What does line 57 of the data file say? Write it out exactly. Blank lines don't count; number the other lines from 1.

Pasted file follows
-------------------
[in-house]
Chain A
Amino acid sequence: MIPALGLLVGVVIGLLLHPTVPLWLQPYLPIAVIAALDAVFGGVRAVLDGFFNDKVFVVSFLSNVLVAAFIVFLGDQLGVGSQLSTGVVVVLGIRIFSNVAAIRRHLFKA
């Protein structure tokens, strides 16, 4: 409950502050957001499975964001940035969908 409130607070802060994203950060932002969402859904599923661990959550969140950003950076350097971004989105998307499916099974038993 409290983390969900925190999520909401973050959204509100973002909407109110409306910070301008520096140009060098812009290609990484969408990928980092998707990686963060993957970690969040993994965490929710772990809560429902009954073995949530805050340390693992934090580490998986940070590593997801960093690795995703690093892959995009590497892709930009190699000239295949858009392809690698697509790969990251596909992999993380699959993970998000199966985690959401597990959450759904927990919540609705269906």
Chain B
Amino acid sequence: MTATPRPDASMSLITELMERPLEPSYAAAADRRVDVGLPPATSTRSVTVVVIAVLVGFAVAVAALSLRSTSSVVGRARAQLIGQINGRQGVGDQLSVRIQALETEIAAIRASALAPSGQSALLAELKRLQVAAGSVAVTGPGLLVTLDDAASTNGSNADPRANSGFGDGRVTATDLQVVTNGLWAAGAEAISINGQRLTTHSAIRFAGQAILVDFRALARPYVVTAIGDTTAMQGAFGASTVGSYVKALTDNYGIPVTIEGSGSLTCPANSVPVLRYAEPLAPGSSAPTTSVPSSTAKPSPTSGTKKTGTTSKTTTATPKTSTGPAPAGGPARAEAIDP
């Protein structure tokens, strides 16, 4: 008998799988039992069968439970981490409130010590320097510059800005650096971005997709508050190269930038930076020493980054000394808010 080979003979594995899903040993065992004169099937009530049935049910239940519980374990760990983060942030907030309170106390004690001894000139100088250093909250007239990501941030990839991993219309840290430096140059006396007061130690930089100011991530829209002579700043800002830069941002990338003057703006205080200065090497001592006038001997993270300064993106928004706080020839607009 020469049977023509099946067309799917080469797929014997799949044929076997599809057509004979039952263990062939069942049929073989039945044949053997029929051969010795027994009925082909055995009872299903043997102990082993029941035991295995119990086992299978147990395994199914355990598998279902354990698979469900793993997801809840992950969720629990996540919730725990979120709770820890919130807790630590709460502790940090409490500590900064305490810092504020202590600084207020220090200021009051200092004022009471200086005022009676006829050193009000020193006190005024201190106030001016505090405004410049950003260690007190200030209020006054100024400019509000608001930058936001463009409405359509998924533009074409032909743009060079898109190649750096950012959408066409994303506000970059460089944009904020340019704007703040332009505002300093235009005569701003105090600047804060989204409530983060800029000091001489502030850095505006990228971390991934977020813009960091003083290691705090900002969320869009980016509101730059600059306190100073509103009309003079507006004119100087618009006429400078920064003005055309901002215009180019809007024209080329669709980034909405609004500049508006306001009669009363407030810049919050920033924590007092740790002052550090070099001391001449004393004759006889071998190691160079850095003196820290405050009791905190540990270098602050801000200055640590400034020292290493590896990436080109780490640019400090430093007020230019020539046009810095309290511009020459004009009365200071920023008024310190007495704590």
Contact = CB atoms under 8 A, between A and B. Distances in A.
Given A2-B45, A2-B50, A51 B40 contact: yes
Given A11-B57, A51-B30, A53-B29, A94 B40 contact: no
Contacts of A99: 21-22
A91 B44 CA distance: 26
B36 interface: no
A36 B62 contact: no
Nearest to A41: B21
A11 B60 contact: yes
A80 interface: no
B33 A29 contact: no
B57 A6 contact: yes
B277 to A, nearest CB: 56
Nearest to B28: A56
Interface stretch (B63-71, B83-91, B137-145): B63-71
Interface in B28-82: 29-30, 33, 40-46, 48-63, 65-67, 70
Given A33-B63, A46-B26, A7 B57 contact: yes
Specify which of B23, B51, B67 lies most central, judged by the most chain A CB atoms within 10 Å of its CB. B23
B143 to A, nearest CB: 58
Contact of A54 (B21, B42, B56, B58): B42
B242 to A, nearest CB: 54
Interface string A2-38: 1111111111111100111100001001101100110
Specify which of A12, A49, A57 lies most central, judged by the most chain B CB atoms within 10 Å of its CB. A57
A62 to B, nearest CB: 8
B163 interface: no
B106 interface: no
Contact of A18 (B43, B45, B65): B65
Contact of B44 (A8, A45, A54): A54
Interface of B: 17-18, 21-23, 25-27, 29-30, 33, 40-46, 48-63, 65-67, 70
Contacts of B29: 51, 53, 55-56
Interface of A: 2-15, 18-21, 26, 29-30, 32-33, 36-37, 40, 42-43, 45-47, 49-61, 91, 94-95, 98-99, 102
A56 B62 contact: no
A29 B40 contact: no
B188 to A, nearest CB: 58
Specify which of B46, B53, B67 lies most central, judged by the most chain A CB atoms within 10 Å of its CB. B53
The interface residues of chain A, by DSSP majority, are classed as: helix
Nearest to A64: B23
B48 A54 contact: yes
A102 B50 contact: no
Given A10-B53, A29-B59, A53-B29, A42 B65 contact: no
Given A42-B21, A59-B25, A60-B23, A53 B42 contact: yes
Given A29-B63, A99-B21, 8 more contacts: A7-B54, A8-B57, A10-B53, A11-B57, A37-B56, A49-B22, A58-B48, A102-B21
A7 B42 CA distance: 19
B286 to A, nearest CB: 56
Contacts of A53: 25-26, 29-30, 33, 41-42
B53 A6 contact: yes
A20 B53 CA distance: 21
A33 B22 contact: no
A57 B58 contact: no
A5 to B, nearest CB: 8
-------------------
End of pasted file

A5 to B, nearest CB: 8